Lastly, it’ll be interesting to see the ticket sales this time around for the HFR (48 Frames per a second) because last year people were selecting to see it that way to check out this “new form of cinema”, but this time they most likely have an opinion on it (and most likely negative). To me, I didn’t mind it too much, I thought the scenes of character’s faces and of the landscape were beautiful, but the special effects stood out like a sour thumb, and the majority of people I’ve talked to really disliked it.
The Hobbit: The Desolation of Smaug is due out December 13th.
I’m sort of looking forwards to The Hobbit films – I’m not quite sure how it’s going to cope with being three films, but I liked The Lord of The Ring enough (and Peter Jacksons other stuff) to hold off on judgement until they are released.
And now we have some pictures! These are going to be published in a 2013 annual for the first film but they’ve already leaked out (messy) via Uproxx.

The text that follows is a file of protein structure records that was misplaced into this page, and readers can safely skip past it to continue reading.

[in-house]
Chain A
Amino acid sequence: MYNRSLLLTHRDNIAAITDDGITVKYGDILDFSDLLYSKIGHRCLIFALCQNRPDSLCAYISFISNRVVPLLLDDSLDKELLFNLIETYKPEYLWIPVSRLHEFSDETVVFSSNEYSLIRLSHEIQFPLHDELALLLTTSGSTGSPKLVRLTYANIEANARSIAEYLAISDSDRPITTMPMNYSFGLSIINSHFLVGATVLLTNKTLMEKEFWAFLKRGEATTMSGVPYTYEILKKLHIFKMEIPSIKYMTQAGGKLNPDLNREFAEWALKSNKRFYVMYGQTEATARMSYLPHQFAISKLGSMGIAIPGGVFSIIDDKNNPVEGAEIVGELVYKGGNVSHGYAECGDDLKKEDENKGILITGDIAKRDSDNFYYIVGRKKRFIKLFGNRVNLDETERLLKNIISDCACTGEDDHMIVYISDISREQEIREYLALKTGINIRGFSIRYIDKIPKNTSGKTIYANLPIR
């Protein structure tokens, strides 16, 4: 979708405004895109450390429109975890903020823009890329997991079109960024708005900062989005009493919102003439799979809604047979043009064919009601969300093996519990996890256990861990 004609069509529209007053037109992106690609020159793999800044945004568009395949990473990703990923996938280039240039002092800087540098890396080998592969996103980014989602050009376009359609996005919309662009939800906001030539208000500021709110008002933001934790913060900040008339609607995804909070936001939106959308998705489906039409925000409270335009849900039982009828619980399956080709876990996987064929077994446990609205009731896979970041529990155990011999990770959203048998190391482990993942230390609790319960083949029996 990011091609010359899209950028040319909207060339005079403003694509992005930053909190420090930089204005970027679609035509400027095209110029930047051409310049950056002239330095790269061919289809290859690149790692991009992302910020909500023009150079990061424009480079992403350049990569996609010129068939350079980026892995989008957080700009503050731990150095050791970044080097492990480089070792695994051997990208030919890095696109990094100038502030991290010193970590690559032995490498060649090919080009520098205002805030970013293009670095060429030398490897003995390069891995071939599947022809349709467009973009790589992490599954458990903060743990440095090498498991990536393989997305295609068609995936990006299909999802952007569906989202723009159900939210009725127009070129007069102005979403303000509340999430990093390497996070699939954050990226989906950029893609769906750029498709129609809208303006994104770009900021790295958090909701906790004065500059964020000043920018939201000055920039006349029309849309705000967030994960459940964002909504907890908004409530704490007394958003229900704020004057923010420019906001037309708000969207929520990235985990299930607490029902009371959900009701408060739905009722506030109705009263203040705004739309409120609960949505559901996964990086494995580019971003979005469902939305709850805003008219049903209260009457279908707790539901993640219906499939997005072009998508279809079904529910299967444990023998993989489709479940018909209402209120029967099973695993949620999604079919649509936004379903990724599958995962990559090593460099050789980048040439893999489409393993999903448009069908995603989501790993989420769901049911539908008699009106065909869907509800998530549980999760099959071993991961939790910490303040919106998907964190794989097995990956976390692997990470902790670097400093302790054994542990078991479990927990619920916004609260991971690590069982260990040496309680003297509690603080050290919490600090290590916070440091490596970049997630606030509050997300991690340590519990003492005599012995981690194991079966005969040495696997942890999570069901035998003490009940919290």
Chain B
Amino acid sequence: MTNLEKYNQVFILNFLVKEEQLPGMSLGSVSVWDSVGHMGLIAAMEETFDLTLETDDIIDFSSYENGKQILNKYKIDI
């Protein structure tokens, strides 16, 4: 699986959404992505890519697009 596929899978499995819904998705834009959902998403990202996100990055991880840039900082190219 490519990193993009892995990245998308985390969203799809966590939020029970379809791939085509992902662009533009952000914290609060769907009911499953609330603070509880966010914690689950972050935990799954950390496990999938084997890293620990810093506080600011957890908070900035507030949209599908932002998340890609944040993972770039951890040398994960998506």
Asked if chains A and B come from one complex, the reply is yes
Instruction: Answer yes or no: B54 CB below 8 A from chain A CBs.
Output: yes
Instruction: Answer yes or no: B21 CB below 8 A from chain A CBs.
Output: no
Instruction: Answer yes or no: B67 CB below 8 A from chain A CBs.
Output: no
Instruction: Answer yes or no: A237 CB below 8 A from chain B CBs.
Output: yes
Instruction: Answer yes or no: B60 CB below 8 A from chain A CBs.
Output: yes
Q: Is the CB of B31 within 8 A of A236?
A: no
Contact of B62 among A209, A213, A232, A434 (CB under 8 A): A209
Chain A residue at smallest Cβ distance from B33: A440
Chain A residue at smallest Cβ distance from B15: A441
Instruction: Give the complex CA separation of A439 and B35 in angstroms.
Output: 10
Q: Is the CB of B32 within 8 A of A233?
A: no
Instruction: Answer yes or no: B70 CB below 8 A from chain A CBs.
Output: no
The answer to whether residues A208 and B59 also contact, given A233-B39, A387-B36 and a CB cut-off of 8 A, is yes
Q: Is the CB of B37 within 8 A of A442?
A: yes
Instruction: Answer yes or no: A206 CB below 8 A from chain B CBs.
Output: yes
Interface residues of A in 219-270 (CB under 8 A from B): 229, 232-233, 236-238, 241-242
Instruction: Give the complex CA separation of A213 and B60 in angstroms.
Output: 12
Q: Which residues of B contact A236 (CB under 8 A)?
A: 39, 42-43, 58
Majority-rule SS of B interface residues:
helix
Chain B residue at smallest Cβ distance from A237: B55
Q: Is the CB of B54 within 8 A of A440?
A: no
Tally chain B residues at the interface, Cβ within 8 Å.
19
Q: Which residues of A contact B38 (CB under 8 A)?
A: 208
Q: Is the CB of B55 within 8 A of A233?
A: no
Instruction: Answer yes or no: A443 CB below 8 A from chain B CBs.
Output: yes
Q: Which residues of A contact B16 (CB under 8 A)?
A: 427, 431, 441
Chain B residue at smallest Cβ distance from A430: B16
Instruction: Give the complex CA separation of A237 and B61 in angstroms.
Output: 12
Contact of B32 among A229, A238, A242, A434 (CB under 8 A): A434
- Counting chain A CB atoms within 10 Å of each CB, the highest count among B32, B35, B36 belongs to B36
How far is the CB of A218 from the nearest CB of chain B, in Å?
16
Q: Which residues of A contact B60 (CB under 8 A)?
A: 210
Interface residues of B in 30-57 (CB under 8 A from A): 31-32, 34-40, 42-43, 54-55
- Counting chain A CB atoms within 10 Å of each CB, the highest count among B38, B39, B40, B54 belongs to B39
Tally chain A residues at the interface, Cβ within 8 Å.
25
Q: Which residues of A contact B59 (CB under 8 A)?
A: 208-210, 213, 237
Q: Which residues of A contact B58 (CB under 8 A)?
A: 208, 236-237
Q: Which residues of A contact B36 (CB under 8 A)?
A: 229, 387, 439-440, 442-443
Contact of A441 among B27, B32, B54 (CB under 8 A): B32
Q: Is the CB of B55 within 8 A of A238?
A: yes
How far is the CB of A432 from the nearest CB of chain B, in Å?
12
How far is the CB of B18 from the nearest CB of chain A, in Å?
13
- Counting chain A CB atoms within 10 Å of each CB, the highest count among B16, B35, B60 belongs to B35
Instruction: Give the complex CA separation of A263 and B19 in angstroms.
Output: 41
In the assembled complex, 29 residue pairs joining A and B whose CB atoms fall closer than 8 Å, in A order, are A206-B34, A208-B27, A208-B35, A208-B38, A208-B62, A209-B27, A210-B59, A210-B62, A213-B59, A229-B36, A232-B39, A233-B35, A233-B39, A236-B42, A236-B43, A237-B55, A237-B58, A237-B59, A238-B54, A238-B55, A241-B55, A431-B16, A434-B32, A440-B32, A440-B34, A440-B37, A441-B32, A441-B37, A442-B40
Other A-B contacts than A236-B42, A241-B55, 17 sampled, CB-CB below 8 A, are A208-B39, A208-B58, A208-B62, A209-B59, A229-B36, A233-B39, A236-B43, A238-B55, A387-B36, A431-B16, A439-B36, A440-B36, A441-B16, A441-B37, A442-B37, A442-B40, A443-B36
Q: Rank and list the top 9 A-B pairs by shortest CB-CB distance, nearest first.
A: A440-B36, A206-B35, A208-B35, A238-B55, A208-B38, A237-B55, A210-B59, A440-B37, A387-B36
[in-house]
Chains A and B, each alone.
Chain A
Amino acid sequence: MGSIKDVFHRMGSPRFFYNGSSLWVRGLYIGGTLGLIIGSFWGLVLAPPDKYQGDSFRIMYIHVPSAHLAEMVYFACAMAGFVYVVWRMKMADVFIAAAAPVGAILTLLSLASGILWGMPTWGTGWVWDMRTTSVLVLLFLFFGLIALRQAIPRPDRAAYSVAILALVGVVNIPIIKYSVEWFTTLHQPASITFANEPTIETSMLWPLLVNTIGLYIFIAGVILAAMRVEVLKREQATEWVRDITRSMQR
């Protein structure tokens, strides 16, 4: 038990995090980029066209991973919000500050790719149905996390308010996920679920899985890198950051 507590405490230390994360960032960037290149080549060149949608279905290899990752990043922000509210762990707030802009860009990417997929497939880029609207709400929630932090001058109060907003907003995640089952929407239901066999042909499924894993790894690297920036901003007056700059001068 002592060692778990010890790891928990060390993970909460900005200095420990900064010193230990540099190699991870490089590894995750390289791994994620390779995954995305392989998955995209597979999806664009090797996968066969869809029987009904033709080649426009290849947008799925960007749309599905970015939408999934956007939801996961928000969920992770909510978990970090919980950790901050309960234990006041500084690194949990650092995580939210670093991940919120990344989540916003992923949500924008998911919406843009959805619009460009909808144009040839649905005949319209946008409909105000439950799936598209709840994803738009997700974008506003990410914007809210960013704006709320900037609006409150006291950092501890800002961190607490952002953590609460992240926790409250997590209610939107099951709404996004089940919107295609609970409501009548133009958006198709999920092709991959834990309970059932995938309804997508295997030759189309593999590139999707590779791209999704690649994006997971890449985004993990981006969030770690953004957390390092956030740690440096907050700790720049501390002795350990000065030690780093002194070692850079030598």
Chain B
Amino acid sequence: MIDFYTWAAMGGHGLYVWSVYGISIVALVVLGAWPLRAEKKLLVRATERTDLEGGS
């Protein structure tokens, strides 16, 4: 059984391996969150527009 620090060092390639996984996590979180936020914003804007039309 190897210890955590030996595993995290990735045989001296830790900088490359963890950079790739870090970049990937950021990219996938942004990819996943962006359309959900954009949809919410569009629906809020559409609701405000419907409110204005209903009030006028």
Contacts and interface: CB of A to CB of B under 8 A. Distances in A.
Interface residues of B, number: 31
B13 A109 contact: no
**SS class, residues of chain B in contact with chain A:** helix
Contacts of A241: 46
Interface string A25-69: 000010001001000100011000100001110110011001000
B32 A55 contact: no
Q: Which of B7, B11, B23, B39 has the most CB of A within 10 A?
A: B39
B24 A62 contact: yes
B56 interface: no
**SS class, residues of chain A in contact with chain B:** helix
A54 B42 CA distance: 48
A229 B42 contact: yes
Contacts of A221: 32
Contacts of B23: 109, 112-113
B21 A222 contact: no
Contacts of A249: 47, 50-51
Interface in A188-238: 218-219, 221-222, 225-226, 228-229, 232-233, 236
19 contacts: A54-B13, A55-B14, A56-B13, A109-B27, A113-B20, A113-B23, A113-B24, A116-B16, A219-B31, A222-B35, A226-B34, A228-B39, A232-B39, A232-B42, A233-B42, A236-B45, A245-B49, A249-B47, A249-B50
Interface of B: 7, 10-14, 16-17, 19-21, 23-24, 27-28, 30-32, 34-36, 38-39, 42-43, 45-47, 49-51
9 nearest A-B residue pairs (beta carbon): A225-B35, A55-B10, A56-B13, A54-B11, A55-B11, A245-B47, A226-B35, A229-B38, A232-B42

First up we have a great looking group shot of Bilbo (Martin Freeman), Gandalf (Sir Ian McKellen) and all the dwarves – all looking moody as they tramp off on their quest.
There are 13 dwarves in all and I’ve no idea what most of them are called. I do know that the lead dwarf is Thorin Oakenshield – played by Richard Armitage – seen her with Aidan Turner as Kili (the pretty dwarf) and…some other dwarf.
Here is Aidan Turner again looking all mean, moody and, dare I say, sexy. Surely dwarves should not look this hot.
Two more dwarves. I’m pretty sure the one on the right is Scottish actor Ken Stott, so that would make it Balin.
And here are three more battle ready dwarves (Happy, Bashful and Doc…maybe?)
They all look great but what we all want to see is Lee Pace as Elvenking Thranduil ( Legolas’ Dad). And here he is in all his camp, elvish glory.
Is that not the most fabulous crown you ever did? Coupled with the finest eyebrows in all of Middle Earth. No wonder he’s king.
So, anywho, the first film The Unexpected Journey is out in early December.